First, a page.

After a series of legislative efforts in the mid and late 1990 is, all of Turkey's IP related laws and regulations, including the Decree Law No. 556 Pertaining to the Protection of Trademarks have become compliant in almost all aspects with EU legislation. In addition to such major amendments in the laws and regulations, establishment of specialized IP Courts in major cities and structural changes within enforcement authorities and customs have enhanced the implementation of the laws in practice.
While the legal environment is sufficient, there are some pitfalls in practice stemming mainly from precedents and the procedural law which should be carefully considered when adopting and implementing effective trademark enforcement actions.
The Turkish Laws entitle the trademark owners mainly to the following legal remedies: (1) Administrative measures (2) Civil court actions and (3) Criminal raids and actions. An effective strategy in adopting any of these actions requires a detailed analysis of the factual circumstances, identifying the applicable courses of actions and determining which one(s) to apply and in which order by also considering the issues in relation to the specifics of the jurisdiction that actions will be taken. For this reason, before deciding on possible legal actions, there should be a preparation stage to gather information about the infringer and the extent and scope of the infringing acts. In some cases simple searches of public records and the internet may provide sufficient information. However, in most cases it is required to employ professional investigators to collect all the relevant information. An important issue during this stage is collection of evidence, as there is always the risk that the infringers may try to obscure the evidence or be alarmed about possible actions.
During the preparation stage it is also important to inquire if the infringer has any trademark or industrial design applications / registrations. This is because one of the pitfalls of Turkish practice is that the Court of Appeals grants "de facto immunity" to infringers who hold trademark and/or industrial design applications/ registrations and allow them to safely use the infringing signs until the cancellation of such applications/registrations. For this reason it is very common for the infringers to file trademark applications and/or industrial design registrations for the signs that would normally constitute trademark infringement so that they can enjoy such "immunity" for their infringing use until their registration is cancelled and deleted from the register.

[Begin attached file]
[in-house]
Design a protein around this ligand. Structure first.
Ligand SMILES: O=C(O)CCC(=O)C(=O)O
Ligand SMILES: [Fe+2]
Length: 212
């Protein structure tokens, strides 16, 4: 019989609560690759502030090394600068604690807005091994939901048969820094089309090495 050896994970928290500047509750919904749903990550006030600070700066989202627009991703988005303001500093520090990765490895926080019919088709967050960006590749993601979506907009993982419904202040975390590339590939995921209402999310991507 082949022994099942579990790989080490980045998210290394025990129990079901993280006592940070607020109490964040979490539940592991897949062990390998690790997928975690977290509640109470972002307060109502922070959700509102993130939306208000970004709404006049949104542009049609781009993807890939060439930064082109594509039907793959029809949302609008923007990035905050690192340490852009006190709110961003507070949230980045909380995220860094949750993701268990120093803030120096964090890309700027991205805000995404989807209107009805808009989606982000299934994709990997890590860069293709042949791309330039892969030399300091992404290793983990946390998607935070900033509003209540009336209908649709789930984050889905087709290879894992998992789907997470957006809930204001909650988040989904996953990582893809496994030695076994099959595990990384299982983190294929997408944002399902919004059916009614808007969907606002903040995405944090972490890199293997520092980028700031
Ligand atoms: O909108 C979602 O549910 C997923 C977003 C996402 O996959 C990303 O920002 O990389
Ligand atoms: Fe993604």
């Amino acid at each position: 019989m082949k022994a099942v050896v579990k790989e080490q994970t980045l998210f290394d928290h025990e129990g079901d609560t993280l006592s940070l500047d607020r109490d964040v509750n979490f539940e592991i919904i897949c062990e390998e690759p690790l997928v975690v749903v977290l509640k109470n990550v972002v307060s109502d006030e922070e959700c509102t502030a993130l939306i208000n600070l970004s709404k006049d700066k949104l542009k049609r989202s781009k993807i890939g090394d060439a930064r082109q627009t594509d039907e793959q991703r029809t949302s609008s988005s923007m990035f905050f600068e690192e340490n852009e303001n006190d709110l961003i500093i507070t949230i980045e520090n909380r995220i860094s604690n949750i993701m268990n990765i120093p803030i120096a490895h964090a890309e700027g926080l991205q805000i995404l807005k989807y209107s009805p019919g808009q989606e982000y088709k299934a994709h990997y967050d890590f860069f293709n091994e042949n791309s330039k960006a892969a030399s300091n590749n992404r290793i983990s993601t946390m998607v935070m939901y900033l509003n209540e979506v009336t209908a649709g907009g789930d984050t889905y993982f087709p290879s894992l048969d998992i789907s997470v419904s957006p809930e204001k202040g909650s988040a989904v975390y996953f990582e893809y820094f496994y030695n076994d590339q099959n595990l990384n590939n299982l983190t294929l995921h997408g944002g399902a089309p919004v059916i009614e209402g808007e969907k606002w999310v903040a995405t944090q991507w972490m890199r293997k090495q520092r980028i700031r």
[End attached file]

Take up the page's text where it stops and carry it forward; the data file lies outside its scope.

In terms of trademark related administrative measures, the most common one is oppositions before the Turkish Patent Institute. In addition to these oppositions, the recording of trademark rights with customs is also one of the administrative measures that would lead to the seizure of counterfeit or pirated goods by the customs officials. In most infringement cases the administrative actions are auxiliary actions and should be combined with other remedies in an effective action plan.
For instance, the opposition stage before the TPI would help the IP owner to prevent the infringer from obtaining any registered trademark/industrial design which may otherwise provide the infringer a safe harbor to continue the infringement. Accordingly, in a given case where there is a pending trademark/design application filed by the infringer the opposition stage would be required to ensure the success of the action plan.
The recording of a trademark with Customs enables the trademark owners to monitor the entrance of counterfeit and/or infringing items to Turkish markets. Following the recording of the trademark, the Customs authorities temporarily detain the suspected products and inform the trademark owner so that the trademark owners can initiate civil or criminal proceedings in order to have the counterfeit / infringing goods permanently seized and subsequently destroyed.
In terms of civil court actions, a trademark owner may ask the Court to determine the infringement and to stop the infringement activities, to prevent the continuance of the infringement activities and to compensate the damages.
As a result of their established practice for over a decade, the specialized IP Courts have a good record of knowledge and experience. However one of the pitfalls of Turkish Procedural Law is that in most cases the Courts require an expert examination. Accordingly, the trademark owner must ensure that all claims are clear enough to facilitate the expert examination. It is also possible to file for a preliminary injunction claim aiming to prevent infringing activities immediately and effective until the substantive action finalizes.
In terms of criminal actions, trademark owners are entitled to initiate raid actions following a criminal complaint to Public Prosecutors, which would then mature into criminal prosecutions and actions. The criminal route is very effective - where there is a clear cut infringement - as it allows the trademark owner to seize the infringing products within a 1-2 day period.
In conclusion, Turkish trademark laws provide sufficient legal basis for enforcement provided that the trademark owners duly consider the particularities of the Turkish market, as well as the Turkish trademark practice. In order to avoid the pitfalls, it is highly recommended that trademark owners have their rights registered in Turkey before they enter into the market. Additionally, trademark owners are advised to monitor the Bulletins to watch any infringing applications by the competitors or infringers and to apply to the Customs Authority for recording of their trademarks in order to benefit from border detention measures.